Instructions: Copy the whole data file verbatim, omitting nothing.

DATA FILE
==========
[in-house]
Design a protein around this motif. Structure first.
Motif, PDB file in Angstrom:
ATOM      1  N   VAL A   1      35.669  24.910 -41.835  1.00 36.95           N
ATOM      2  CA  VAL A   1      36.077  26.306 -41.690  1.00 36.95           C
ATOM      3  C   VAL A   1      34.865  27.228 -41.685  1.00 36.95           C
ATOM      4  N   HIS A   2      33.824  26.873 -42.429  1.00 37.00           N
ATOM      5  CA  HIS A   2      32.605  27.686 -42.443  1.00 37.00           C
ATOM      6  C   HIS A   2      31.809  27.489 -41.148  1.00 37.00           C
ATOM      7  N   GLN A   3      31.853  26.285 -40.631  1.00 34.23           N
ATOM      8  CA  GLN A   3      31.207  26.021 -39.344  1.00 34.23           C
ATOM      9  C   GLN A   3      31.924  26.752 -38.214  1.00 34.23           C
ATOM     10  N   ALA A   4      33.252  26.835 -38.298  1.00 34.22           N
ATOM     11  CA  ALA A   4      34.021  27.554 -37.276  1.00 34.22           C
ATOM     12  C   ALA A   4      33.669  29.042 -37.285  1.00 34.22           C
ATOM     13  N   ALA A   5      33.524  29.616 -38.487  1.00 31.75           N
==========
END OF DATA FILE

[in-house]
Design a protein around this motif. Structure first.
Motif, PDB file in Angstrom:
ATOM      1  N   VAL A   1      35.669  24.910 -41.835  1.00 36.95           N
ATOM      2  CA  VAL A   1      36.077  26.306 -41.690  1.00 36.95           C
ATOM      3  C   VAL A   1      34.865  27.228 -41.685  1.00 36.95           C
ATOM      4  N   HIS A   2      33.824  26.873 -42.429  1.00 37.00           N
ATOM      5  CA  HIS A   2      32.605  27.686 -42.443  1.00 37.00           C
ATOM      6  C   HIS A   2      31.809  27.489 -41.148  1.00 37.00           C
ATOM      7  N   GLN A   3      31.853  26.285 -40.631  1.00 34.23           N
ATOM      8  CA  GLN A   3      31.207  26.021 -39.344  1.00 34.23           C
ATOM      9  C   GLN A   3      31.924  26.752 -38.214  1.00 34.23           C
ATOM     10  N   ALA A   4      33.252  26.835 -38.298  1.00 34.22           N
ATOM     11  CA  ALA A   4      34.021  27.554 -37.276  1.00 34.22           C
ATOM     12  C   ALA A   4      33.669  29.042 -37.285  1.00 34.22           C
ATOM     13  N   ALA A   5      33.524  29.616 -38.487  1.00 31.75           N